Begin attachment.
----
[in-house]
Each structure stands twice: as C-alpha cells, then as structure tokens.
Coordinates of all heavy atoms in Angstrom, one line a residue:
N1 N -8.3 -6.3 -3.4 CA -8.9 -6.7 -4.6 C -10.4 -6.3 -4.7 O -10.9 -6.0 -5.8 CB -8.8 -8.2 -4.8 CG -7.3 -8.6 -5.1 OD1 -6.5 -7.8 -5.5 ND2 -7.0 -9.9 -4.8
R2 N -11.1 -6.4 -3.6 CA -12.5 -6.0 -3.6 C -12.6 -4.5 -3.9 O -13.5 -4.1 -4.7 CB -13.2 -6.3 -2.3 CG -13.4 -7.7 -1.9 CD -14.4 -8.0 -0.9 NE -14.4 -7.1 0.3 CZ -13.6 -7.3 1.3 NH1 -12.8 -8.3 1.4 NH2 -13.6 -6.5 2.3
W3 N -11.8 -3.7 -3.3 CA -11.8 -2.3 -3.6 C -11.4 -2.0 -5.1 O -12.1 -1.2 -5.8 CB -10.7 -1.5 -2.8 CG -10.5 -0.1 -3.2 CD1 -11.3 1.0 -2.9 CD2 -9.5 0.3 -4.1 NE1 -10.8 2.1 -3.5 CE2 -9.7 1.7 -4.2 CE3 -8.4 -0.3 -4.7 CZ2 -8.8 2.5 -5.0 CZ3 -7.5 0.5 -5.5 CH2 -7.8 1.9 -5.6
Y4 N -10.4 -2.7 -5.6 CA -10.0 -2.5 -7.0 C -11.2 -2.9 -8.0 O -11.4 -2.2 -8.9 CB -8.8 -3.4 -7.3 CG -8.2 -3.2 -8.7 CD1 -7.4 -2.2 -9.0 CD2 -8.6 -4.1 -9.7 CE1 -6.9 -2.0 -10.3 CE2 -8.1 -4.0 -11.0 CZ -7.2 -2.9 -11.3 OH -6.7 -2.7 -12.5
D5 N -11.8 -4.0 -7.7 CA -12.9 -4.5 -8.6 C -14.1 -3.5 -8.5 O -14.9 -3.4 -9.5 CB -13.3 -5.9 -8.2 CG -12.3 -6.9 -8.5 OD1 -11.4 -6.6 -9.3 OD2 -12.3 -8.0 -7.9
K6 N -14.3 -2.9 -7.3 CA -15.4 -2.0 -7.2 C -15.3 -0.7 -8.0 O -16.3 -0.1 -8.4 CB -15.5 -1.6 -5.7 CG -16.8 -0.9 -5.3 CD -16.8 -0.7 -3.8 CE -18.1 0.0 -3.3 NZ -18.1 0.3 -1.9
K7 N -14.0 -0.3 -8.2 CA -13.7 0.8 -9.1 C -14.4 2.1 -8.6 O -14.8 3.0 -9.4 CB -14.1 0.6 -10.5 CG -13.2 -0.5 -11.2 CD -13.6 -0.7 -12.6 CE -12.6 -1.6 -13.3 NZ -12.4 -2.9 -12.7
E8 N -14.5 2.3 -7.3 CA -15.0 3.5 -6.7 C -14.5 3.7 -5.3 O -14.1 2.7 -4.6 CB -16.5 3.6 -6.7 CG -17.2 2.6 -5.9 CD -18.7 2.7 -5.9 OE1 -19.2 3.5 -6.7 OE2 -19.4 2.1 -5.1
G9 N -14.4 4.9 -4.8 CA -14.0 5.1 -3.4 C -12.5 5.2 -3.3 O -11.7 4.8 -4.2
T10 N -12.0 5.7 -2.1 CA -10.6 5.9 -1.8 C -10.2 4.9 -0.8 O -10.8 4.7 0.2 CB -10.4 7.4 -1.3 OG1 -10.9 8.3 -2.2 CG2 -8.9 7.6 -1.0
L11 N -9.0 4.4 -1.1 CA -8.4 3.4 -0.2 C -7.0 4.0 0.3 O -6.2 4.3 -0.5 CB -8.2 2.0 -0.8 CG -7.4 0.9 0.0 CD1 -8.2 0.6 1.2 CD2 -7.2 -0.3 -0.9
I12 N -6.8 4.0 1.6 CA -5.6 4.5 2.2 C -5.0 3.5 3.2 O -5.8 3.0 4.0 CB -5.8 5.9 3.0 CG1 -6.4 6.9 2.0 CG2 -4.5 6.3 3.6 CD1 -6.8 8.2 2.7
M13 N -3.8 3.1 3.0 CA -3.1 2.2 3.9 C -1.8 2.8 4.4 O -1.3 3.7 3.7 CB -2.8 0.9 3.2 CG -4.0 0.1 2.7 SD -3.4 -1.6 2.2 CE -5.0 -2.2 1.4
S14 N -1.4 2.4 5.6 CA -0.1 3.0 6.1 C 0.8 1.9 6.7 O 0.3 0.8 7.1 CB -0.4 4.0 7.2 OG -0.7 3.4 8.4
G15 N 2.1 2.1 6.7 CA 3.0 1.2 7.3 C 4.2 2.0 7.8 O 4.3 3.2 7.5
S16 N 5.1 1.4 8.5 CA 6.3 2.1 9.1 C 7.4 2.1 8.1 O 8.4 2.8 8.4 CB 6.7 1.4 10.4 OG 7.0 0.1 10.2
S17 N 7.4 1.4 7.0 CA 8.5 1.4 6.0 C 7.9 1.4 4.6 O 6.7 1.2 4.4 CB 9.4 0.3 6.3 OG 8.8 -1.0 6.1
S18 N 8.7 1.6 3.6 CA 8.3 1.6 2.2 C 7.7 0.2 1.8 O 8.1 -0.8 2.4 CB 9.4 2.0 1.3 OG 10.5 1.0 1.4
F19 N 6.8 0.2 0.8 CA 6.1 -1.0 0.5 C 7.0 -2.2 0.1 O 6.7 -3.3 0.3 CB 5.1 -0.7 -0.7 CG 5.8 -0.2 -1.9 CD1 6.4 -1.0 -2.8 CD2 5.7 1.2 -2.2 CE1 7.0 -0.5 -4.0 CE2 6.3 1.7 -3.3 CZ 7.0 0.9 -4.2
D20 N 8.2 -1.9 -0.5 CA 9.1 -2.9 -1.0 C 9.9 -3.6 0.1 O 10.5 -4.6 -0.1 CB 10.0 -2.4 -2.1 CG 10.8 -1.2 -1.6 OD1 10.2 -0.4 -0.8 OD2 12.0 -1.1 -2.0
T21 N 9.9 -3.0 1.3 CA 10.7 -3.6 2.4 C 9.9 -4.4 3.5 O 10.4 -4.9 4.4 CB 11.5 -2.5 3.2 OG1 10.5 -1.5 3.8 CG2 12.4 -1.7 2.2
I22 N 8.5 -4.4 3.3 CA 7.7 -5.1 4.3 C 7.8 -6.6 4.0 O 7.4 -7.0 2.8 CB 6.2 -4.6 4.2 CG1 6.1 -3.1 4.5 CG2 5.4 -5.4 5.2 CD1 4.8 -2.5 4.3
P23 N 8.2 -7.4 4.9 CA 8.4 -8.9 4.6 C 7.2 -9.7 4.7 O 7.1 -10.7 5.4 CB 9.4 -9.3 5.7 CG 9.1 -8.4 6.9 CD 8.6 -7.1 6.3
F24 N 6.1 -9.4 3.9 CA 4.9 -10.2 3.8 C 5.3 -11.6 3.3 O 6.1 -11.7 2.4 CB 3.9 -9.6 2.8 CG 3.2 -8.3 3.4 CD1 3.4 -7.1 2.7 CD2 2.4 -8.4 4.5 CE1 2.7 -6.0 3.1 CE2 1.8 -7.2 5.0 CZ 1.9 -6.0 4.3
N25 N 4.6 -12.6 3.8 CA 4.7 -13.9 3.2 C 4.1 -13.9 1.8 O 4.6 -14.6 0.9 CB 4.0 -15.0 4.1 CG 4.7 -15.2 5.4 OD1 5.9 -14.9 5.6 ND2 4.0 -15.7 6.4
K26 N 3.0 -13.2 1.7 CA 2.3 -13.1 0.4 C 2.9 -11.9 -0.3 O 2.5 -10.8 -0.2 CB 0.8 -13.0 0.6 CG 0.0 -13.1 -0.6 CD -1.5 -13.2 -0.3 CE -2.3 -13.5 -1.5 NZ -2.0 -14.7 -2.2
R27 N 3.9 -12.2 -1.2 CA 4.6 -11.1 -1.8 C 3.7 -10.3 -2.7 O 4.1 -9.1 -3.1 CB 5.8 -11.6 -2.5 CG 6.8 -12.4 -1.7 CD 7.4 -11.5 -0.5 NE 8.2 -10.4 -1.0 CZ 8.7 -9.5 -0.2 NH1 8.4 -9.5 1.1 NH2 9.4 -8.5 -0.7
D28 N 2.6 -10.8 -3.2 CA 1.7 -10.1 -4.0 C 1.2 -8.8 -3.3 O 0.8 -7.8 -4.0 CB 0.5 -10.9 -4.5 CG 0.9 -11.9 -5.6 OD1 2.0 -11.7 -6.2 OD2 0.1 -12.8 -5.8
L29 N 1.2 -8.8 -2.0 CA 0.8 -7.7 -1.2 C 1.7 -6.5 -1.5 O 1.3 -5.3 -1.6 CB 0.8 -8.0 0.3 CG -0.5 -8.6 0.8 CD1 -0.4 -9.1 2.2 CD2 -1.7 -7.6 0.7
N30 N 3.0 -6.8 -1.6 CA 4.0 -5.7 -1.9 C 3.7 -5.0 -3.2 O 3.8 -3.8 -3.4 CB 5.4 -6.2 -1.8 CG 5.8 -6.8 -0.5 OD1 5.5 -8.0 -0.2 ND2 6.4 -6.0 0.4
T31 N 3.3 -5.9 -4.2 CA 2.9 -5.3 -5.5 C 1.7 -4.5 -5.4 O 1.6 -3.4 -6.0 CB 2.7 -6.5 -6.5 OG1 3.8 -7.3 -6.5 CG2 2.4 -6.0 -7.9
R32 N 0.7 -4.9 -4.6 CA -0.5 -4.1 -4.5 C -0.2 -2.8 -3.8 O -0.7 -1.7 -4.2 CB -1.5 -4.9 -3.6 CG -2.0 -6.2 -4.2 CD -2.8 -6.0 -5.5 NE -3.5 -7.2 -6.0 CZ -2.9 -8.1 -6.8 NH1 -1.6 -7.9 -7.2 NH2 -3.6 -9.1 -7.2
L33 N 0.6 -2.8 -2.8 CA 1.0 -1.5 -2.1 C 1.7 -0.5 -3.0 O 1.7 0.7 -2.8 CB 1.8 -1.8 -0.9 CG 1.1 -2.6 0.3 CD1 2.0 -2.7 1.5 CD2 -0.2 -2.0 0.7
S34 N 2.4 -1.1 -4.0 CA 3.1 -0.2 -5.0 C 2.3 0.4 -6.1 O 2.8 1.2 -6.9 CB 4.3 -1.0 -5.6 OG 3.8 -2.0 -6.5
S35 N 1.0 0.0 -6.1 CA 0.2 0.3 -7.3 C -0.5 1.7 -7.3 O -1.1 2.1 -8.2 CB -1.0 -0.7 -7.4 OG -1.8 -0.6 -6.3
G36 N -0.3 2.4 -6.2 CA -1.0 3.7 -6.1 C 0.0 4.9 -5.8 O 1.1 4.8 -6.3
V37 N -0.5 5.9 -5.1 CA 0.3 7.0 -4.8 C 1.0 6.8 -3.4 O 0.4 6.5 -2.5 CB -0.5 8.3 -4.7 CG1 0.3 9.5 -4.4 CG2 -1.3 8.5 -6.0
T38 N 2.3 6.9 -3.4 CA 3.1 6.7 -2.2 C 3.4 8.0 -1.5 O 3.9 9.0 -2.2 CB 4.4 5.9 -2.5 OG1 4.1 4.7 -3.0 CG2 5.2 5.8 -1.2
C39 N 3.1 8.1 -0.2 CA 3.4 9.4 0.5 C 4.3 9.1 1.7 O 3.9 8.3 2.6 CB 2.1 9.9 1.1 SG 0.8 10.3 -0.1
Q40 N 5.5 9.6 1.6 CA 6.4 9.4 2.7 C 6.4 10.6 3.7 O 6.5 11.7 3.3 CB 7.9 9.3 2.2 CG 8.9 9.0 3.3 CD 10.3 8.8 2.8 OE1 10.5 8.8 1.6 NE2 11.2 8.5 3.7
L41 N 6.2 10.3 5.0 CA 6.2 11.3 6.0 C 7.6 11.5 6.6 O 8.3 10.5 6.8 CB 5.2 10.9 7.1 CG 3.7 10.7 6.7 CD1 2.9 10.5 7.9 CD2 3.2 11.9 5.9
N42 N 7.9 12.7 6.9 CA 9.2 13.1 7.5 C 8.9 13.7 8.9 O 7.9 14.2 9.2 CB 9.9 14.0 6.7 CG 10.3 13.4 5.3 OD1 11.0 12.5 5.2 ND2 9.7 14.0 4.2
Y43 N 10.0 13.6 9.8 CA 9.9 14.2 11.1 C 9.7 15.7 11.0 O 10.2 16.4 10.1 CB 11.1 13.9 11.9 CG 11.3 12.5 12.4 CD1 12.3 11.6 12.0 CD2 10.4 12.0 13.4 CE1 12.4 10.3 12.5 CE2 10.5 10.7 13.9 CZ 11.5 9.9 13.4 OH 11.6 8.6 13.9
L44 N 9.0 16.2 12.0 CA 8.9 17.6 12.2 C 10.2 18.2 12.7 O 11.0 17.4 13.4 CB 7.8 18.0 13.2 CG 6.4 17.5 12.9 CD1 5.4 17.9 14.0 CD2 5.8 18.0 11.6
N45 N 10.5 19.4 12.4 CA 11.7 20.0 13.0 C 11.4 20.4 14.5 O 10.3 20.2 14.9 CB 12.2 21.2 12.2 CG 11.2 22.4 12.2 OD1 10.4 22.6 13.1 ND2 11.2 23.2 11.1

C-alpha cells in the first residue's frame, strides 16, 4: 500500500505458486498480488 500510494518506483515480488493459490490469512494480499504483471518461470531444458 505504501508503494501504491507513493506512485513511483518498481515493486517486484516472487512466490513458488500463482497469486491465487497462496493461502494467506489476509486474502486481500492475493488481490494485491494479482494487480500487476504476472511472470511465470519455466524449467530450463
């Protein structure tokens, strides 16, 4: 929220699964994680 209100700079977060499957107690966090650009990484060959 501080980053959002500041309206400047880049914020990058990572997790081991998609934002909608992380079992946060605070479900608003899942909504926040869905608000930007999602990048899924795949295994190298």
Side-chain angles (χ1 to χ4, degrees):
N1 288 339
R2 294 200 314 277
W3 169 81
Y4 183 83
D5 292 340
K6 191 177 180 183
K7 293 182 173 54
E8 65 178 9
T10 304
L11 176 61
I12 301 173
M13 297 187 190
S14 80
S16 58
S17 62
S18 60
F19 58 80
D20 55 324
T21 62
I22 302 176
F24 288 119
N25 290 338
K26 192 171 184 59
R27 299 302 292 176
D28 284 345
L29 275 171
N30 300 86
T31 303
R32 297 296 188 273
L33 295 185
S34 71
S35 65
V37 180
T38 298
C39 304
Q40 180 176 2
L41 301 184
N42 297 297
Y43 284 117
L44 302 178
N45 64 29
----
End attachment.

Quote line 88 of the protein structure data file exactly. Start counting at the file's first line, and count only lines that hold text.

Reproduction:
L41 301 184